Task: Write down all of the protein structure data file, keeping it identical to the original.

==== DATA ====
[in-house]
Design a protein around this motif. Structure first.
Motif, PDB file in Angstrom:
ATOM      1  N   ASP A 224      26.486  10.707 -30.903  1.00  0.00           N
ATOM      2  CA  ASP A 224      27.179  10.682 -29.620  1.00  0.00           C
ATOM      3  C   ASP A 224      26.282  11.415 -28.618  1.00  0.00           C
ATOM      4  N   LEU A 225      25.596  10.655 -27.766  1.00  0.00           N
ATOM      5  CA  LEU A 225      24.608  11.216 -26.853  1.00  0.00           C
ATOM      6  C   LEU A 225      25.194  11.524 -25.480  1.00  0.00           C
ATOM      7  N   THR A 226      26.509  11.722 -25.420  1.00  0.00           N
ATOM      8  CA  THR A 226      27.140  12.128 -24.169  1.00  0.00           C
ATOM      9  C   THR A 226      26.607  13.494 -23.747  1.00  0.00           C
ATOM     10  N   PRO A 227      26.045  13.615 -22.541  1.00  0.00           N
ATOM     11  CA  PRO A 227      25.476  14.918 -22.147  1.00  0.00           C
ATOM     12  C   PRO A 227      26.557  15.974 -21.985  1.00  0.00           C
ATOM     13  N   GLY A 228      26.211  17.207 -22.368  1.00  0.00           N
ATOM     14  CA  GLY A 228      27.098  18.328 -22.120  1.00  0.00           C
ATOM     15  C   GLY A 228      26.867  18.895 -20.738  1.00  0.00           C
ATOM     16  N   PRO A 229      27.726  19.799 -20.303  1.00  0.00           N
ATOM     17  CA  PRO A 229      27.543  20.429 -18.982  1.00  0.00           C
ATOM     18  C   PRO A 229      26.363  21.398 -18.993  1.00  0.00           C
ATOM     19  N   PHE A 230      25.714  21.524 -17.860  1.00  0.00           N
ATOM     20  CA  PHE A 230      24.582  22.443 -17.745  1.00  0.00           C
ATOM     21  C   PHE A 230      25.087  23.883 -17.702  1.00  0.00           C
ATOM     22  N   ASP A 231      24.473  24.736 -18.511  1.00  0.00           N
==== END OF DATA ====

[in-house]
Design a protein around this motif. Structure first.
Motif, PDB file in Angstrom:
ATOM      1  N   ASP A 224      26.486  10.707 -30.903  1.00  0.00           N
ATOM      2  CA  ASP A 224      27.179  10.682 -29.620  1.00  0.00           C
ATOM      3  C   ASP A 224      26.282  11.415 -28.618  1.00  0.00           C
ATOM      4  N   LEU A 225      25.596  10.655 -27.766  1.00  0.00           N
ATOM      5  CA  LEU A 225      24.608  11.216 -26.853  1.00  0.00           C
ATOM      6  C   LEU A 225      25.194  11.524 -25.480  1.00  0.00           C
ATOM      7  N   THR A 226      26.509  11.722 -25.420  1.00  0.00           N
ATOM      8  CA  THR A 226      27.140  12.128 -24.169  1.00  0.00           C
ATOM      9  C   THR A 226      26.607  13.494 -23.747  1.00  0.00           C
ATOM     10  N   PRO A 227      26.045  13.615 -22.541  1.00  0.00           N
ATOM     11  CA  PRO A 227      25.476  14.918 -22.147  1.00  0.00           C
ATOM     12  C   PRO A 227      26.557  15.974 -21.985  1.00  0.00           C
ATOM     13  N   GLY A 228      26.211  17.207 -22.368  1.00  0.00           N
ATOM     14  CA  GLY A 228      27.098  18.328 -22.120  1.00  0.00           C
ATOM     15  C   GLY A 228      26.867  18.895 -20.738  1.00  0.00           C
ATOM     16  N   PRO A 229      27.726  19.799 -20.303  1.00  0.00           N
ATOM     17  CA  PRO A 229      27.543  20.429 -18.982  1.00  0.00           C
ATOM     18  C   PRO A 229      26.363  21.398 -18.993  1.00  0.00           C
ATOM     19  N   PHE A 230      25.714  21.524 -17.860  1.00  0.00           N
ATOM     20  CA  PHE A 230      24.582  22.443 -17.745  1.00  0.00           C
ATOM     21  C   PHE A 230      25.087  23.883 -17.702  1.00  0.00           C
ATOM     22  N   ASP A 231      24.473  24.736 -18.511  1.00  0.00           N